Monday, May 5, 2014

There's a new tire in town...

It was probably over five years ago I started hounding both Kenda and WTB about tires.  I figured between one of them, I could get my ideal tire.  I had always longed for a big, fat cross tire.  Being selfish, I wanted it purely for myself.  Every cross bike I had I always wanted just a little bit fatter tire because I loved riding my cross bike on trails and that bigger tire would open up a lot of possibilities.  

Seven years ago, I opened Black Mountain Cycles and started the creation of my ideal cross bike that would fit the largest cross tire at the time - the Panaracer Fire Cross 45.  At the time, there was also a WTB 44mm MutanoRaptor, but those were soon to be obsolete.  The Fire Cross is a great tire in the dirt, but it's absolutely horrible if you ride on the road to get to the dirt.  What I really wanted was a 45mm NanoRaptor.  Or a 45mm Small Block 8.  But the Nano - yeah, that would be just about the perfect tire. 

Five years ago, the guys at WTB and Kenda were all, like, yeah, right a 45mm cross tire - who's going to buy that?  All the tire development was in 29" tires.  There wasn't a market for skinny 29" tires (fat 700c tires).  But I had a market.  My frames arrived and I outfitted bikes with Continental 42mm tires with budget casings and steel beads.  They were good tires, but not great.  I wanted great.

Then Clément came out with their 40mm X'Plor MSO tire and that was close.  When that came out, the whole Gravel Grinding thing was in getting into full swing and the MSO was aimed at the grinders.  The problem was I didn't grind gravel.  I rode dirt roads and trails.  I needed mountain bike like traction in a 40mm-45mm package that rolled well on the asphalt because I rode to the trails, sometimes an hour on the road.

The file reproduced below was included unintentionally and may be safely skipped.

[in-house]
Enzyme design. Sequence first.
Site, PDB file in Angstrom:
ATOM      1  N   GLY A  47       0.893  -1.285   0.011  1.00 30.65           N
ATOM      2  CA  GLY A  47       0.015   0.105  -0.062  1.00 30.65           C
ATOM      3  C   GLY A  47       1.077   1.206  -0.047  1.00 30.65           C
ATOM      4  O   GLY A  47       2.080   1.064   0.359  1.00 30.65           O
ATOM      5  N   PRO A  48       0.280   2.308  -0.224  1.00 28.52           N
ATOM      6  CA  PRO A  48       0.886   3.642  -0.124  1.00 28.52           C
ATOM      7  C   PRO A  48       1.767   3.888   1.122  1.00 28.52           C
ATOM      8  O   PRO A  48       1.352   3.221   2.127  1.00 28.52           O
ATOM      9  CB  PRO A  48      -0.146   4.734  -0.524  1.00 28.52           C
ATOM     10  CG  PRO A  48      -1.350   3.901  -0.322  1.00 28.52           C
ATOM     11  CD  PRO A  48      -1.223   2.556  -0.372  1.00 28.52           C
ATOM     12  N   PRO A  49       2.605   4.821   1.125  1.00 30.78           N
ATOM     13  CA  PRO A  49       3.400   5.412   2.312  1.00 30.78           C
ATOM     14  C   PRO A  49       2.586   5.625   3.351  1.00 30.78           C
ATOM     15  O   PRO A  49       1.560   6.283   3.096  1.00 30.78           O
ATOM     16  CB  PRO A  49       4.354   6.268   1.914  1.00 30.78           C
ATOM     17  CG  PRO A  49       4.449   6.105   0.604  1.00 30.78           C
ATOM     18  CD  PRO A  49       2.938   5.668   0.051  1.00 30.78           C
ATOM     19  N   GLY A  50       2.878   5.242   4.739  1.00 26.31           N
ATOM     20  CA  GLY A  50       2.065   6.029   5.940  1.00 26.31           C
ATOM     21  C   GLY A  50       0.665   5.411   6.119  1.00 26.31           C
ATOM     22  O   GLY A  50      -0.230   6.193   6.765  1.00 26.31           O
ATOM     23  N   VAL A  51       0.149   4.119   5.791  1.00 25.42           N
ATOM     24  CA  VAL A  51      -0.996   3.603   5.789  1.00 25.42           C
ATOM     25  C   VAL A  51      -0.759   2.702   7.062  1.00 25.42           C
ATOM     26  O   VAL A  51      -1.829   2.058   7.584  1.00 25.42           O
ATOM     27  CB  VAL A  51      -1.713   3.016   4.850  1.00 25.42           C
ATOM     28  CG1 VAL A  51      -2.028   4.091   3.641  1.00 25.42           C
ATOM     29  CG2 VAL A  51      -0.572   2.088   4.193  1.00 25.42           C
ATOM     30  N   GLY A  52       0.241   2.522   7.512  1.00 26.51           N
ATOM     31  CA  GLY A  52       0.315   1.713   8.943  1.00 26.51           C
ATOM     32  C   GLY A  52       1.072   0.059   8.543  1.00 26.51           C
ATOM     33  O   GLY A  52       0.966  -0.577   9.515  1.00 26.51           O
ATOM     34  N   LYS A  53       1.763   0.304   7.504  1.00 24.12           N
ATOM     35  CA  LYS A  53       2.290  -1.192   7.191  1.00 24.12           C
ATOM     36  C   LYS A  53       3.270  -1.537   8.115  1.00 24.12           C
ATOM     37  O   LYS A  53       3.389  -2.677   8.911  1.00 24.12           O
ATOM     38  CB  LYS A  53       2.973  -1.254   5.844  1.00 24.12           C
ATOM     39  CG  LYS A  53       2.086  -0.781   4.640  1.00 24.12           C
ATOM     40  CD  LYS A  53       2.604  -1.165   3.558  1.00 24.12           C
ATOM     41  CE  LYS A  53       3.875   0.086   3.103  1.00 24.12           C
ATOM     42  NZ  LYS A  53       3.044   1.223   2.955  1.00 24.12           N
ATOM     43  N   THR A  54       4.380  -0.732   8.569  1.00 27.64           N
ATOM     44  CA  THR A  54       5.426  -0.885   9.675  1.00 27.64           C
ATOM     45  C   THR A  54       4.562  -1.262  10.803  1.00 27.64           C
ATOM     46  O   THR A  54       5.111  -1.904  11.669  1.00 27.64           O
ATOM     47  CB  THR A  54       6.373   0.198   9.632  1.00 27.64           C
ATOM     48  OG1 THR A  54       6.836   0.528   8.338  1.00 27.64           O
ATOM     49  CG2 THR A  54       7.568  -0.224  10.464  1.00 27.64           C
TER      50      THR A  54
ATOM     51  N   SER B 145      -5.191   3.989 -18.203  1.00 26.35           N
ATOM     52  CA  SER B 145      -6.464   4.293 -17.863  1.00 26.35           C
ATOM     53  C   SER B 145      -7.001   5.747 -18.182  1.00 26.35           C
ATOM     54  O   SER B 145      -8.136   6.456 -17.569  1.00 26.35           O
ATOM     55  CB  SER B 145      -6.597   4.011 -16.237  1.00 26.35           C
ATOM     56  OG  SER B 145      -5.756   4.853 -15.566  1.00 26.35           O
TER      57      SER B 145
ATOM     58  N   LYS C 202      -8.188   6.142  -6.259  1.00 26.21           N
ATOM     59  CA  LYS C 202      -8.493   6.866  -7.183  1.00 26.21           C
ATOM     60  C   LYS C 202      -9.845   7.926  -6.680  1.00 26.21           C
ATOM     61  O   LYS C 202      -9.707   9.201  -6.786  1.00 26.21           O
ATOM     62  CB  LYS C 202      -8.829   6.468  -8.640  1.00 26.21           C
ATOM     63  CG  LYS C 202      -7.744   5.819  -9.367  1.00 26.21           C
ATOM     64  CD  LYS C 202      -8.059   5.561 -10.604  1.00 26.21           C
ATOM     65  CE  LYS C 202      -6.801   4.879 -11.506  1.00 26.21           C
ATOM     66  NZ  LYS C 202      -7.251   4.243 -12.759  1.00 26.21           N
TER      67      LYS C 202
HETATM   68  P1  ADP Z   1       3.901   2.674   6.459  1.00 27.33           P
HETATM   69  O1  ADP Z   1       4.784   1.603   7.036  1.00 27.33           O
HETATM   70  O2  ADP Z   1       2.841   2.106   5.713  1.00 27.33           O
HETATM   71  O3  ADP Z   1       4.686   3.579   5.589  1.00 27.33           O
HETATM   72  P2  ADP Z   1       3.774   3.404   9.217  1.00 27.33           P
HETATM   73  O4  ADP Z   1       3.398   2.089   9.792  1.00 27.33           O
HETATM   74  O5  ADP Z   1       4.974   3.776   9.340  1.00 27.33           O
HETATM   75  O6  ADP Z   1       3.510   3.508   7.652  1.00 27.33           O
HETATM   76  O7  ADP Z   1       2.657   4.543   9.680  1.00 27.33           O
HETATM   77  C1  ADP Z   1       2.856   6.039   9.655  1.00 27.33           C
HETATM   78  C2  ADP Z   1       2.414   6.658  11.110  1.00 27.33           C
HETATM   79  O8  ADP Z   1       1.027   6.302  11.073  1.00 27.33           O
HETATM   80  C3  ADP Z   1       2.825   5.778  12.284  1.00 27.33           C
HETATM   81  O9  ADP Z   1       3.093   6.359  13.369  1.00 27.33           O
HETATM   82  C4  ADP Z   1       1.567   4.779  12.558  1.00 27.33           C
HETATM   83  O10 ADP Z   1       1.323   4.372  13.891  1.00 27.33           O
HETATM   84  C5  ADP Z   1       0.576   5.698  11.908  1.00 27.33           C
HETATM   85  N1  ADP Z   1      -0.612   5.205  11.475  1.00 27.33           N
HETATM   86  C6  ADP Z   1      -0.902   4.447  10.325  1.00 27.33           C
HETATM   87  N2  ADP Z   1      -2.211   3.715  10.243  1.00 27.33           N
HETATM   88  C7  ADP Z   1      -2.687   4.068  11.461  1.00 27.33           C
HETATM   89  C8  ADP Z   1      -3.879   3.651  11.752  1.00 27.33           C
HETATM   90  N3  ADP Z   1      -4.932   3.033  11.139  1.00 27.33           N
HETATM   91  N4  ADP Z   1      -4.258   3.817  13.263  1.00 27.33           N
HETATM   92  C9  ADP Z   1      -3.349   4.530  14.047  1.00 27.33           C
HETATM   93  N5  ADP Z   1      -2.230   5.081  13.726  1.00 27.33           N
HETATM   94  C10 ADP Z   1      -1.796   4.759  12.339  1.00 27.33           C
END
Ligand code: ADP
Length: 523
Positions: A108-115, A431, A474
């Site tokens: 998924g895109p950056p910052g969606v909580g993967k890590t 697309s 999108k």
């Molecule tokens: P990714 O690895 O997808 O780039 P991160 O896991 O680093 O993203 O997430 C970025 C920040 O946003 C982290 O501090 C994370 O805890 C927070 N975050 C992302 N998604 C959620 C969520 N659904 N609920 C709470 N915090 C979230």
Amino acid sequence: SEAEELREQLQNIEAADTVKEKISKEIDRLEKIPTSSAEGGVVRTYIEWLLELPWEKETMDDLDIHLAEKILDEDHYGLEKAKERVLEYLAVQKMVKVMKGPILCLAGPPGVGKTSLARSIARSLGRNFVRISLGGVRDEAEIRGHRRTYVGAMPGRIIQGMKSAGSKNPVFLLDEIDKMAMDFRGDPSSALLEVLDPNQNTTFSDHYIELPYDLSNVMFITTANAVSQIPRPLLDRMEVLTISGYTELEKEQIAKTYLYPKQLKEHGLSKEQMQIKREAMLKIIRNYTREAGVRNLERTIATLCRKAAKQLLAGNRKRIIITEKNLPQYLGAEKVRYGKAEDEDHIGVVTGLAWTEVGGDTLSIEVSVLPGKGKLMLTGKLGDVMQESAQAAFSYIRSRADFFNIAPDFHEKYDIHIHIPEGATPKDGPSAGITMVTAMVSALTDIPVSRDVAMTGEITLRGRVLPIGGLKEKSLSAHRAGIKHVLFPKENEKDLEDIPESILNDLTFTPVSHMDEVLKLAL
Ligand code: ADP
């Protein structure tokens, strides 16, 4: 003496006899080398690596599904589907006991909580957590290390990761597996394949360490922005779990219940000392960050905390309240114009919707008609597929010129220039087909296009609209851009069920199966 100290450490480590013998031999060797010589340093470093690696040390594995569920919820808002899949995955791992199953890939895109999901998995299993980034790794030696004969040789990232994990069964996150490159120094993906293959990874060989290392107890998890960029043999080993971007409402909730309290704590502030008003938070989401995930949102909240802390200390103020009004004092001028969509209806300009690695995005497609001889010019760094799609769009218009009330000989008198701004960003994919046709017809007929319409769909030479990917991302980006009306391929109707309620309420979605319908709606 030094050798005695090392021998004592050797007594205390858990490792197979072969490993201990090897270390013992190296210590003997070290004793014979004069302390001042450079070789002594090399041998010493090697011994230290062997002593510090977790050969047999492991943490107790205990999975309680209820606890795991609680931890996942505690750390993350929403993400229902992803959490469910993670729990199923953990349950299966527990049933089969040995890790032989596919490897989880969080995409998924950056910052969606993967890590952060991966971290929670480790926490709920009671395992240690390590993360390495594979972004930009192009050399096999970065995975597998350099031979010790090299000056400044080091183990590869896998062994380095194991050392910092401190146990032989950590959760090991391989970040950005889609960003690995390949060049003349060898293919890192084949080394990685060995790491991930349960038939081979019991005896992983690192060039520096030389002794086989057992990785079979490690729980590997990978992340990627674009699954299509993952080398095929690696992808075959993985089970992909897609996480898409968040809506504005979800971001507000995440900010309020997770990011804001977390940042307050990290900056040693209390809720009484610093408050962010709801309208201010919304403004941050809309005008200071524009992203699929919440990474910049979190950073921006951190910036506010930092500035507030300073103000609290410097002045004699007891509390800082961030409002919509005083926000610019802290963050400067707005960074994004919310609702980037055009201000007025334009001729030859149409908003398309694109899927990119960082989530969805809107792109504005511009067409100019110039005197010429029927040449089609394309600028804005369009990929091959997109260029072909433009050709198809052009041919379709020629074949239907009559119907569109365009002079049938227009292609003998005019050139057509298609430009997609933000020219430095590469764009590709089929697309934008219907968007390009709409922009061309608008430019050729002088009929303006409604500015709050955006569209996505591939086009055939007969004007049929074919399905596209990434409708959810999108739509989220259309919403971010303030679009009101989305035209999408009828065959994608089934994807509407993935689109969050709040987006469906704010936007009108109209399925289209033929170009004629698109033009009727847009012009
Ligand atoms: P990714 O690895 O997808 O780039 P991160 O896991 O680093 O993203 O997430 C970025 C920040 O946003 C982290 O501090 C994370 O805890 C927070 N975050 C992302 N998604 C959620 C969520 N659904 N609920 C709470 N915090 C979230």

Enter Bruce Gordon and the reintroduction of his Rock 'n Road in the summer of 2012.  Now we're talking.  This is a tire with a high quality, supple casing, knobs that excelled in the dirt yet rolled well on asphalt and in a 43mm size.  Perfect.  Still is perfect for my use.

And finally, later last year, I heard from WTB that they were looking to come out with a "gravel grinder" tire and what did I think they should do?  My personal, selfish self said 45 Nano, knowing that the folks who actually race gravel grinder events would want something smaller.  I also talked about the retired 38 InterWolf - which was also a very fine tire that I was quite fond of and burned through many sets.  

In then end, they thought a 40mm Nano would suit the market's needs and that's what came out.  I got a set several weeks ago and have put some miles on and off road on them and now have them in stock for sale as well ($50 each).  The version available is their Race casing which is a foldable bead tire with a 60 tpi casing (not super supple like the Gordons).  

I had been running the Gordon tires tubeless on Pacenti SL23 rims with Orange Seal sealant.  I decided to run the Nanos with tubes because when I did a check of size with a tube, they installed easily and did not make that "SNAP" when the bead locks in place.  WTB supposedly is coming out with their tubeless TCS tire in the future - I hope it fits on other tubeless rims.  So, tubes in the Nano and on the SL23 rims, the tires are measuring a bit over 40mm.  Weight?  I weighed them but forgot how much they weigh.  They weigh what they weigh.  Not heavy.  Not superlight.  WTB's website says 470g and that sound about the same as what I weighed them at.